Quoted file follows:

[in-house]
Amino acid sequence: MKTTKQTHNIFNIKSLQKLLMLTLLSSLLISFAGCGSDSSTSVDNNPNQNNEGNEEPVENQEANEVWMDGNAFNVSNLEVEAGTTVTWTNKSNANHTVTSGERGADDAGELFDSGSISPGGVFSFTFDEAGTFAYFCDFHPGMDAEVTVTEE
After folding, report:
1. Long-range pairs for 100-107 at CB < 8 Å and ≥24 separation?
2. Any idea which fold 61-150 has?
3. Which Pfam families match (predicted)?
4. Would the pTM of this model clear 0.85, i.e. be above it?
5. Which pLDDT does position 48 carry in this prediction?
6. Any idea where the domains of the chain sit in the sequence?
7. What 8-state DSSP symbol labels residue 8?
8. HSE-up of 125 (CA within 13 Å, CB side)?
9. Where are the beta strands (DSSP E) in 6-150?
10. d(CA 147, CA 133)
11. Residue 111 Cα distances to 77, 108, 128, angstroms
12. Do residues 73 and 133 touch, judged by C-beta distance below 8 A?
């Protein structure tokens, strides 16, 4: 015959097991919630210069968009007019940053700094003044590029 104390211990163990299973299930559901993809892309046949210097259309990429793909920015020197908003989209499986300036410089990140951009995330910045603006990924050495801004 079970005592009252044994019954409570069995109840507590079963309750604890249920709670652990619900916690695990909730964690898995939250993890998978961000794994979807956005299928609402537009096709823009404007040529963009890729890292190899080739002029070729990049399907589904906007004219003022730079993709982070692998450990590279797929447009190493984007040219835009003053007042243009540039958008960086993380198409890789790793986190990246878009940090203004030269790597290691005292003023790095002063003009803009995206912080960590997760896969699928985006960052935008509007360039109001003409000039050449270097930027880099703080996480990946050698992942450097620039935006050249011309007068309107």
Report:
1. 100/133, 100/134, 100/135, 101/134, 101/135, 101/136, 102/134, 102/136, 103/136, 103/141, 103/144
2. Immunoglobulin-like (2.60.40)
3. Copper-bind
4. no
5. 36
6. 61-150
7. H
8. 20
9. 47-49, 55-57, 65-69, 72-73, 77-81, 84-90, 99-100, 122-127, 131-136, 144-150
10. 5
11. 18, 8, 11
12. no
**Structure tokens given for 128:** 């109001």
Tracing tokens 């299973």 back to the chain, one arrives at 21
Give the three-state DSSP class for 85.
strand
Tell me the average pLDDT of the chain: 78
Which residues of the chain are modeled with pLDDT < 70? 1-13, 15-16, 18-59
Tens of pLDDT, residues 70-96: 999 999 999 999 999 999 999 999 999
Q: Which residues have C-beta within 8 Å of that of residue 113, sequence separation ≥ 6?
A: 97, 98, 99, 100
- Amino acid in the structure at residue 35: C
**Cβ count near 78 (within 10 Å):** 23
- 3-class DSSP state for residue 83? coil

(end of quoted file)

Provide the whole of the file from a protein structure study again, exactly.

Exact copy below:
[in-house]
Amino acid sequence: MKTTKQTHNIFNIKSLQKLLMLTLLSSLLISFAGCGSDSSTSVDNNPNQNNEGNEEPVENQEANEVWMDGNAFNVSNLEVEAGTTVTWTNKSNANHTVTSGERGADDAGELFDSGSISPGGVFSFTFDEAGTFAYFCDFHPGMDAEVTVTEE
After folding, report:
1. Long-range pairs for 100-107 at CB < 8 Å and ≥24 separation?
2. Any idea which fold 61-150 has?
3. Which Pfam families match (predicted)?
4. Would the pTM of this model clear 0.85, i.e. be above it?
5. Which pLDDT does position 48 carry in this prediction?
6. Any idea where the domains of the chain sit in the sequence?
7. What 8-state DSSP symbol labels residue 8?
8. HSE-up of 125 (CA within 13 Å, CB side)?
9. Where are the beta strands (DSSP E) in 6-150?
10. d(CA 147, CA 133)
11. Residue 111 Cα distances to 77, 108, 128, angstroms
12. Do residues 73 and 133 touch, judged by C-beta distance below 8 A?
């Protein structure tokens, strides 16, 4: 015959097991919630210069968009007019940053700094003044590029 104390211990163990299973299930559901993809892309046949210097259309990429793909920015020197908003989209499986300036410089990140951009995330910045603006990924050495801004 079970005592009252044994019954409570069995109840507590079963309750604890249920709670652990619900916690695990909730964690898995939250993890998978961000794994979807956005299928609402537009096709823009404007040529963009890729890292190899080739002029070729990049399907589904906007004219003022730079993709982070692998450990590279797929447009190493984007040219835009003053007042243009540039958008960086993380198409890789790793986190990246878009940090203004030269790597290691005292003023790095002063003009803009995206912080960590997760896969699928985006960052935008509007360039109001003409000039050449270097930027880099703080996480990946050698992942450097620039935006050249011309007068309107």
Report:
1. 100/133, 100/134, 100/135, 101/134, 101/135, 101/136, 102/134, 102/136, 103/136, 103/141, 103/144
2. Immunoglobulin-like (2.60.40)
3. Copper-bind
4. no
5. 36
6. 61-150
7. H
8. 20
9. 47-49, 55-57, 65-69, 72-73, 77-81, 84-90, 99-100, 122-127, 131-136, 144-150
10. 5
11. 18, 8, 11
12. no
**Structure tokens given for 128:** 């109001």
Tracing tokens 């299973």 back to the chain, one arrives at 21
Give the three-state DSSP class for 85.
strand
Tell me the average pLDDT of the chain: 78
Which residues of the chain are modeled with pLDDT < 70? 1-13, 15-16, 18-59
Tens of pLDDT, residues 70-96: 999 999 999 999 999 999 999 999 999
Q: Which residues have C-beta within 8 Å of that of residue 113, sequence separation ≥ 6?
A: 97, 98, 99, 100
- Amino acid in the structure at residue 35: C
**Cβ count near 78 (within 10 Å):** 23
- 3-class DSSP state for residue 83? coil